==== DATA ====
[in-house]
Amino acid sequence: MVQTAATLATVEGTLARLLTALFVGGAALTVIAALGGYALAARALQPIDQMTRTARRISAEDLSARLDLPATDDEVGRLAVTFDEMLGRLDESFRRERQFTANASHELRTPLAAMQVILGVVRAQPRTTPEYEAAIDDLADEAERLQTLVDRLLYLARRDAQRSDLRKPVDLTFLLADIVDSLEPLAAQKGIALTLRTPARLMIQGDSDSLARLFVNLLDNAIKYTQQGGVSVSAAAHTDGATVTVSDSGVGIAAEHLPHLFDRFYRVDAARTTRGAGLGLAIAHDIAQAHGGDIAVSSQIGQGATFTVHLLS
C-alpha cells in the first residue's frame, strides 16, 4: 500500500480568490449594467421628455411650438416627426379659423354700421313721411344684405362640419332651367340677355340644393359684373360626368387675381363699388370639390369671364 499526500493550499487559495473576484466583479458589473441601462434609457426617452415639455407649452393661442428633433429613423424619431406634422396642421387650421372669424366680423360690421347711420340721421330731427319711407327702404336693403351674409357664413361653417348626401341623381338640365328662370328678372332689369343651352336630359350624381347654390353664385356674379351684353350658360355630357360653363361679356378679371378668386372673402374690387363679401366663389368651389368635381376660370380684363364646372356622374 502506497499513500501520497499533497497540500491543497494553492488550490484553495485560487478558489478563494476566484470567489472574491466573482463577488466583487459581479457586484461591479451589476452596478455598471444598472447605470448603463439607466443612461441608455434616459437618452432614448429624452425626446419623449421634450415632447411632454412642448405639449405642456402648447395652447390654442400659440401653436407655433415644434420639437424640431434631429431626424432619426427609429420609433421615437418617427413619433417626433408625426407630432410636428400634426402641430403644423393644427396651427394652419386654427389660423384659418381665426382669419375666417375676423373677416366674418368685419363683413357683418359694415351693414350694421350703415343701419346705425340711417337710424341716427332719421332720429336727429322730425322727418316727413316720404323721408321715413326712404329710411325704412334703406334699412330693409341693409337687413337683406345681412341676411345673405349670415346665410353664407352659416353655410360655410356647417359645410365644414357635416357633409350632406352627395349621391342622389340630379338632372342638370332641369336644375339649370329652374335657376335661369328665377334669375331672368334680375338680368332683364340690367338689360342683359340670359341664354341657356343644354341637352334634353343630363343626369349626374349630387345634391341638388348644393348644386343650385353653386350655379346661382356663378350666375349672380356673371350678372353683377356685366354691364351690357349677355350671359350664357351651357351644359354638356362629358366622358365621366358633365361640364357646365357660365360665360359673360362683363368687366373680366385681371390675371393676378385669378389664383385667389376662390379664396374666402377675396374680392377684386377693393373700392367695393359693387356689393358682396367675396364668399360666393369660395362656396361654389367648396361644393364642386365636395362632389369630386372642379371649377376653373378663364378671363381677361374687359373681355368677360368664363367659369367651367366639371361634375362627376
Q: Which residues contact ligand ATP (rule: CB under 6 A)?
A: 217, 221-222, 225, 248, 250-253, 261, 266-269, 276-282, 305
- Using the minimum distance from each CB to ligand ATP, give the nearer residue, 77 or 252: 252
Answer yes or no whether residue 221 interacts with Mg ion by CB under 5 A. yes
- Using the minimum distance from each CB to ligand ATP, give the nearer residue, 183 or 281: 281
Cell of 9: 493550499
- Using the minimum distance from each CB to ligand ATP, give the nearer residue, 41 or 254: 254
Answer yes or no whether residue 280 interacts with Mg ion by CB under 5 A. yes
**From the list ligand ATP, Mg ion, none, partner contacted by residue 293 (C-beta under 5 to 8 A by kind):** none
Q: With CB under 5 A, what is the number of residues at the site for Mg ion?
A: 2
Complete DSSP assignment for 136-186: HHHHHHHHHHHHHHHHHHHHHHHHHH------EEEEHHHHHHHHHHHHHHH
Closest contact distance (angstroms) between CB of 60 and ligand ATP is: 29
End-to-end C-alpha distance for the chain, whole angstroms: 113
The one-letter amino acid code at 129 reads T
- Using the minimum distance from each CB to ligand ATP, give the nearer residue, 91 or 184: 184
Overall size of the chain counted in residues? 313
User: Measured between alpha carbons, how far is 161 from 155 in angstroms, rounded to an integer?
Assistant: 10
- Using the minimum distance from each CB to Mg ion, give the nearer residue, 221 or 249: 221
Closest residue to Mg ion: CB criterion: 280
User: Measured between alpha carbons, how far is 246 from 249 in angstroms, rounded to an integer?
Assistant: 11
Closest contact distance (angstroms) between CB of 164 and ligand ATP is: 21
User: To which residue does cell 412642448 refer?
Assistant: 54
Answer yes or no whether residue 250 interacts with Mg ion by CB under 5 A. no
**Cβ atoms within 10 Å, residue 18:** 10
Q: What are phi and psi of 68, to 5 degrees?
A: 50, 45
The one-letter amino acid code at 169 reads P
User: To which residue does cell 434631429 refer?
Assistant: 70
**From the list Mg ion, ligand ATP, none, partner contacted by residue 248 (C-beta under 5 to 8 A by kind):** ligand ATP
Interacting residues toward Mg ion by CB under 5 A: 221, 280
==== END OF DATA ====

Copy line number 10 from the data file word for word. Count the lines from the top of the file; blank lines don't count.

- Using the minimum distance from each CB to ligand ATP, give the nearer residue, 41 or 254: 254